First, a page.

On Monday I wrote about the Regional Transit Task Force (RTTF) reduction policy. Today I’m going to touch on the growth policy with a few of my concerns. Less work has been done on this to date and it is therefore more conceptual than the reduction scenario.
The RTTF has advanced the concept that service growth should be based on two principles, responding to existing transit demand and supporting regional growth. The image above shows the results of this conceptual approach. To get these results Metro staff used one measure for responding to demand and six measures for supporting regional growth (details here). Using these measures and a scoring system a “desired minimum level of service” is calculated. If current transit service doesn’t meet this desired level of service, then a need has been identified and future service hours will be used to address the gap between desired level of service and current level of service.
This type of analysis is good because it is objective and based on context, not arbitrary policy, but it has limitations. The hard part is determining what measures to use, what ranges to use, and what weighting to give each range. Unless all factors are rigorously linked to a factual basis they can become value judgments. Select a certain set of measures, ranges and weights and you can skew results. Using objective measures is much better than the alternative, but I think this concept has to be significantly refined and I’m uncomfortable where it stands.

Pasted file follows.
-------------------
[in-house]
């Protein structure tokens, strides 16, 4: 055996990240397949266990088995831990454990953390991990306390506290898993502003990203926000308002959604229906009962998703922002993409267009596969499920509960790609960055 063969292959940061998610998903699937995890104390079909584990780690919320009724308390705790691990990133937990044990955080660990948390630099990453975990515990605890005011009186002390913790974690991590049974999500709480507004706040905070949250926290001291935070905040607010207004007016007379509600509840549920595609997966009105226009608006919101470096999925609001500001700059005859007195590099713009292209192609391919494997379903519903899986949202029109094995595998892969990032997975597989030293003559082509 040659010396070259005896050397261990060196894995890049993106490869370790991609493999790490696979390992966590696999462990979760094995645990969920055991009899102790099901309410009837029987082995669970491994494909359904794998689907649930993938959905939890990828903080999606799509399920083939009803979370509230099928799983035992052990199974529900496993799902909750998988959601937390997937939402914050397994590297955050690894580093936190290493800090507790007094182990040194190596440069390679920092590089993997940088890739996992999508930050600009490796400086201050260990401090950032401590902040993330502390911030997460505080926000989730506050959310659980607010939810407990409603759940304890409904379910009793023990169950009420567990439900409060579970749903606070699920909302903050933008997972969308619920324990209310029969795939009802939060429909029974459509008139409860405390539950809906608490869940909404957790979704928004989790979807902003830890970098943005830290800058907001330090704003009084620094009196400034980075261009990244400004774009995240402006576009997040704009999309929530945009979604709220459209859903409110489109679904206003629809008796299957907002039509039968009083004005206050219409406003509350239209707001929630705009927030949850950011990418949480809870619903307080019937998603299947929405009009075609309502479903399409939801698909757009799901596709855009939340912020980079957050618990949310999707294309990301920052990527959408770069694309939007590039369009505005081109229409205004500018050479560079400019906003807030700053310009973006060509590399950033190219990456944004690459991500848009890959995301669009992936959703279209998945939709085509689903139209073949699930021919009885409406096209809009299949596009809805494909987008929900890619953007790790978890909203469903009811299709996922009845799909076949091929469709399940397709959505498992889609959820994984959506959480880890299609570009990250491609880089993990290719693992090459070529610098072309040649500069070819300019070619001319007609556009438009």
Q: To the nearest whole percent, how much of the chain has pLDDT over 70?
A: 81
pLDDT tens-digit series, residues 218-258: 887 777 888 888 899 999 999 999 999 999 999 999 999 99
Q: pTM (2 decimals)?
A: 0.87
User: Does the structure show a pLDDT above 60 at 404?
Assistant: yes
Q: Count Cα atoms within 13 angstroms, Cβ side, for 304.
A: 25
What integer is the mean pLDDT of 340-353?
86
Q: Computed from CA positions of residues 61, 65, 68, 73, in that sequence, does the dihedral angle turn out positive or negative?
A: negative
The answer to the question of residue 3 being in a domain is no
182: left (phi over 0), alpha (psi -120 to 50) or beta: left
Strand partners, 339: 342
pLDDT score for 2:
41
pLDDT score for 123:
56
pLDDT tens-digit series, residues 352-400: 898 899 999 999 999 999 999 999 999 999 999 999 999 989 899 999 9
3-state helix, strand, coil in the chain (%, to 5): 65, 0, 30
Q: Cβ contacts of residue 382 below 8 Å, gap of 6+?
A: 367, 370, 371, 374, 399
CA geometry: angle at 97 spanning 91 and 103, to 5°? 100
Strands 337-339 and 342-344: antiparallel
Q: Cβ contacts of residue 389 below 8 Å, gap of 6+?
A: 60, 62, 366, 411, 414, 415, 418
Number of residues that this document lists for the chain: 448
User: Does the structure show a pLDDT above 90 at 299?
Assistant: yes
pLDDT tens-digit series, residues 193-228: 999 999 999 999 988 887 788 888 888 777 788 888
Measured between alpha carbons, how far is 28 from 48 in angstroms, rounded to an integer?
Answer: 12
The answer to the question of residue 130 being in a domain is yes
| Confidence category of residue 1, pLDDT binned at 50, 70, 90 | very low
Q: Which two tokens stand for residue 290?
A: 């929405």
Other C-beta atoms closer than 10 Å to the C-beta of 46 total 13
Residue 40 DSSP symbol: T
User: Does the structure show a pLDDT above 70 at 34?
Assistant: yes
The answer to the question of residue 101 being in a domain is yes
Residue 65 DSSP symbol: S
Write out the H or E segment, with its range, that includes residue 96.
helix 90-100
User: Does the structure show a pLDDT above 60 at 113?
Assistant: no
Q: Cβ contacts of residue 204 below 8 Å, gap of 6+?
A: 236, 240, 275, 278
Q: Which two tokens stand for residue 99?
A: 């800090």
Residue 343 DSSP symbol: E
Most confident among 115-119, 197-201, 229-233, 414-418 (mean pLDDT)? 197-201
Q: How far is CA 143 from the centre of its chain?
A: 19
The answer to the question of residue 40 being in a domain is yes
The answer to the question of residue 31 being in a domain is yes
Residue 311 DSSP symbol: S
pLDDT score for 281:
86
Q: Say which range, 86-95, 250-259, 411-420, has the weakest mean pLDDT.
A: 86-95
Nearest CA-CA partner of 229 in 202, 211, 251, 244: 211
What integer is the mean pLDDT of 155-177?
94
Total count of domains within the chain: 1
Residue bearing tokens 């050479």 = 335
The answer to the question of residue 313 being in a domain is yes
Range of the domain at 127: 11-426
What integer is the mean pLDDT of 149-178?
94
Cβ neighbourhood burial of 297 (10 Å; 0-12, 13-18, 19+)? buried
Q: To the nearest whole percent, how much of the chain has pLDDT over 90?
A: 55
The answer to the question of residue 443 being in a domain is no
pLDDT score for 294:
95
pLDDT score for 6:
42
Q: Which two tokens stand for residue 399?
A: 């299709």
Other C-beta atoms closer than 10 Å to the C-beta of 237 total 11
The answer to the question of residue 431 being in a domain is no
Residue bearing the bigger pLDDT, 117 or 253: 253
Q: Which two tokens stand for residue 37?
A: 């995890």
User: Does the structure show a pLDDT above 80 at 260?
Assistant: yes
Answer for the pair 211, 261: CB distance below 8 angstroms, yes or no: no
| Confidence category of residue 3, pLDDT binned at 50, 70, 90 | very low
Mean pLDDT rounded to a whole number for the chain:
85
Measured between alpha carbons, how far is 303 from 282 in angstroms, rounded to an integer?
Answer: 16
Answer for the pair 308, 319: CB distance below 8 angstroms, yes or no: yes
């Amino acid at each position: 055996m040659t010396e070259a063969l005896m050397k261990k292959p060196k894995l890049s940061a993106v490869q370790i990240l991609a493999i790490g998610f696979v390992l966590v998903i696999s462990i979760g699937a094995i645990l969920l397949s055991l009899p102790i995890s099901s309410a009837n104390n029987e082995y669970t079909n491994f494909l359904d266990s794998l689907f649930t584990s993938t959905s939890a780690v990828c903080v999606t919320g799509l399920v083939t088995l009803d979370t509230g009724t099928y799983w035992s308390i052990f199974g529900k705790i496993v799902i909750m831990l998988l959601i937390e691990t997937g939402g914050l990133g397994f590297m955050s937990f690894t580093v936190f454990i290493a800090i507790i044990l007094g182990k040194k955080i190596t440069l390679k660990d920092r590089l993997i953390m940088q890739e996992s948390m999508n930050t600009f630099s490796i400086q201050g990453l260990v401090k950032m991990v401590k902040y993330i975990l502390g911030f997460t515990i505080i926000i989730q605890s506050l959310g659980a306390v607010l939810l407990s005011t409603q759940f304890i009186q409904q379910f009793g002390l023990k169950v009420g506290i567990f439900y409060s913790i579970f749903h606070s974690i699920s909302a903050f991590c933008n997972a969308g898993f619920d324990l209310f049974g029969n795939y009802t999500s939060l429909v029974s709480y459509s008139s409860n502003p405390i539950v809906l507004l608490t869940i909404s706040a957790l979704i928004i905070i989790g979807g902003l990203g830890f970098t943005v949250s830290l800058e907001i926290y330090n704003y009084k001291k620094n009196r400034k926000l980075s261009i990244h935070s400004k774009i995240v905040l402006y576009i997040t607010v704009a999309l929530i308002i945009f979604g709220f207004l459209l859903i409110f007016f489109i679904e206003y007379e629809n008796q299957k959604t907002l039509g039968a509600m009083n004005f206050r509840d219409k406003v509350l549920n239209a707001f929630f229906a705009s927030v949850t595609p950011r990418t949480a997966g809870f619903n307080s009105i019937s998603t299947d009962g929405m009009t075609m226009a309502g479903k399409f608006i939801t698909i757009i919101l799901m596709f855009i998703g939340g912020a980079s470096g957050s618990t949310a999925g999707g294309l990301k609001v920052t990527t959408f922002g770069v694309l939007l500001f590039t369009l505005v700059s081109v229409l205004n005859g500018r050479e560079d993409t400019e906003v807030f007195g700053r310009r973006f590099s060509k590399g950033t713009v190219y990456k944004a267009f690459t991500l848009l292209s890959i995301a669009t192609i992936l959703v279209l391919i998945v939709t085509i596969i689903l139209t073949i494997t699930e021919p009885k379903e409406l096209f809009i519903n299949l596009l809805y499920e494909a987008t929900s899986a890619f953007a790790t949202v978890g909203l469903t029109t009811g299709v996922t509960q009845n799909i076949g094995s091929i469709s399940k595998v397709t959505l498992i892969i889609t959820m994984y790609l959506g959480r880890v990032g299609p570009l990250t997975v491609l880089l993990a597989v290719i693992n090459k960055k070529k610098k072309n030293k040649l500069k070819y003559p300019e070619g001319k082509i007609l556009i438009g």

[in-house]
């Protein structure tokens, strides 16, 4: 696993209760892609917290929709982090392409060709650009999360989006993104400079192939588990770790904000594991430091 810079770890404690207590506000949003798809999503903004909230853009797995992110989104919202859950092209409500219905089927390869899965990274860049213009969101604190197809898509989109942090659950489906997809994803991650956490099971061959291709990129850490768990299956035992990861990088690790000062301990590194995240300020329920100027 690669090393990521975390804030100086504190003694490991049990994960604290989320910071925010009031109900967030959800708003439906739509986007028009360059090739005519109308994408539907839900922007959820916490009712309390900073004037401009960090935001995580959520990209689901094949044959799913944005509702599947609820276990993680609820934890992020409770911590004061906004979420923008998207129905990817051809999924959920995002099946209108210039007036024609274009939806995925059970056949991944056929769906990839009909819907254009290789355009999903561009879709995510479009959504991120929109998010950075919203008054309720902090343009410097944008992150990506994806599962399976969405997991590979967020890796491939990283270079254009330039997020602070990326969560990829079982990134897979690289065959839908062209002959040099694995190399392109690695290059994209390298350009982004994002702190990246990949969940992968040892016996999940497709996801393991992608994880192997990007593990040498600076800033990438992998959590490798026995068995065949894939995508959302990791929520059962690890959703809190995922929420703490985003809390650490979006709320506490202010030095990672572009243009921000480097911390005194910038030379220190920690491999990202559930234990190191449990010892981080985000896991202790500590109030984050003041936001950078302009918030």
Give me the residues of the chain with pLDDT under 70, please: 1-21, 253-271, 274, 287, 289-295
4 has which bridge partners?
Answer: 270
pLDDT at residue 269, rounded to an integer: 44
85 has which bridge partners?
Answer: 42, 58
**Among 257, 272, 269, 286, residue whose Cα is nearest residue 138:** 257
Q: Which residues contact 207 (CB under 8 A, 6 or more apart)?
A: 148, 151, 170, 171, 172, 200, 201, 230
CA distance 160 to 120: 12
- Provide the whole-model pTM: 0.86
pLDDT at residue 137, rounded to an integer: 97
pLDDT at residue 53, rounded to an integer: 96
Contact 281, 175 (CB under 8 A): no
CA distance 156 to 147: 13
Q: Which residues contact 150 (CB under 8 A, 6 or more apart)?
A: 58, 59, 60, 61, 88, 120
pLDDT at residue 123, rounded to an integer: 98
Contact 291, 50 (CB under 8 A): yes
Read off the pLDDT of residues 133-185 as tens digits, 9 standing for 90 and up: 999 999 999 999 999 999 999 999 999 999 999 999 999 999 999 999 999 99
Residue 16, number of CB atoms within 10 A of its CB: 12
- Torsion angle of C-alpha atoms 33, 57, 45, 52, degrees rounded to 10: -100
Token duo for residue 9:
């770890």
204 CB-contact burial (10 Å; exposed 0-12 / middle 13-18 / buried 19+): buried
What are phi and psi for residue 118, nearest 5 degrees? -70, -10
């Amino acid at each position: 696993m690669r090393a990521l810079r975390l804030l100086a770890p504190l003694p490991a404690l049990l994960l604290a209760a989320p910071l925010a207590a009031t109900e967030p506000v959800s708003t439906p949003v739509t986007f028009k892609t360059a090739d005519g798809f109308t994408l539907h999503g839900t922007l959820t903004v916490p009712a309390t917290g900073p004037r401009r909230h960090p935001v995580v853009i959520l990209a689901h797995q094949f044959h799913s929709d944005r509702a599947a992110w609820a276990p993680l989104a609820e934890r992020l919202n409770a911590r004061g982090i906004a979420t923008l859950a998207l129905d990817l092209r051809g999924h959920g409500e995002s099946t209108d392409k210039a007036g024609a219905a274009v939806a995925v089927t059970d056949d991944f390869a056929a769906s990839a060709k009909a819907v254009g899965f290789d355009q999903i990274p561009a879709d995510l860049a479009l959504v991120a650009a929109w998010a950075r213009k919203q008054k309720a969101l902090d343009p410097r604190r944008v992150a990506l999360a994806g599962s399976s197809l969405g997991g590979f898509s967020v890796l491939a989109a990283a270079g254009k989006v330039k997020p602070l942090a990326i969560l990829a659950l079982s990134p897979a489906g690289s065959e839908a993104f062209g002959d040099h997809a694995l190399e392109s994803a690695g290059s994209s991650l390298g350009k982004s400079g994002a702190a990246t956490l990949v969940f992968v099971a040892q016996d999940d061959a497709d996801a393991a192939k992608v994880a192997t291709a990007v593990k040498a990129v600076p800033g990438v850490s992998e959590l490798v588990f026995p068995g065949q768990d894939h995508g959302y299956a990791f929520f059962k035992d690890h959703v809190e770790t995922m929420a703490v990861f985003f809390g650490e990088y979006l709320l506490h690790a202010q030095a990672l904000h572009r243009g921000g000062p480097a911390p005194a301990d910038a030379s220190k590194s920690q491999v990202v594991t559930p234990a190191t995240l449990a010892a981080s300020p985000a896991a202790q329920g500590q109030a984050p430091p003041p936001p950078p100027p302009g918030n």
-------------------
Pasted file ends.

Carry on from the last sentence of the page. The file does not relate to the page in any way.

First off, I’m worried by the whole premiss of a “desired minimum level of service” will cause Metro to focus all of its effort and money on building lower productivity routes up to that level of service. To be clear, I’m not saying that I think investments in these corridors should not occur, but I don’t see a clear path that leads to higher frequency all day service on corridors that exceed these minimums, which most of the core routes and RapidRide routes already do. There must be some measure or set of measures that leads to better service for the highest ridership routes or else service improvement on most of the above mentioned routes will only occur with crowding.
On the topic of crowding “ie following demand”, only one measure, with a high threshold, is used. Commuter routes must have a load of 1.0 or greater for more than 20 minutes or a load factor 1.2 or greater for more than 20 minutes for local routes. This is meant to deal with peak period loads and should be addressed as a necessity not an extra. I get the feeling that task force members are counting this as part of Seattle portion of the pie, when in fact this is necessary to meet the basic capacity needs of the most productive routes in the entire Metro system. This extra service will go to peak periods, doing very little to increase off peak frequencies or span of service. Excluding these service hours only 17% of total service hours will go to improve west subarea routes to “desired minimum level of service” while 33% goes to the east and 31% go to the south.
One thing I’m not clear on is where this leaves other non “frequent arterial”, ie 30 minute or better headways all day long service, which is makes up 47% of east subarea service hour. If this means that the county is de emphasizing this type of service I think it would be a step in the right direction. It if does not, then any additional service hours for those types of service will heavily favor the east and south subarea.
So I said before, it’s a good start but I have some serious concerns with it.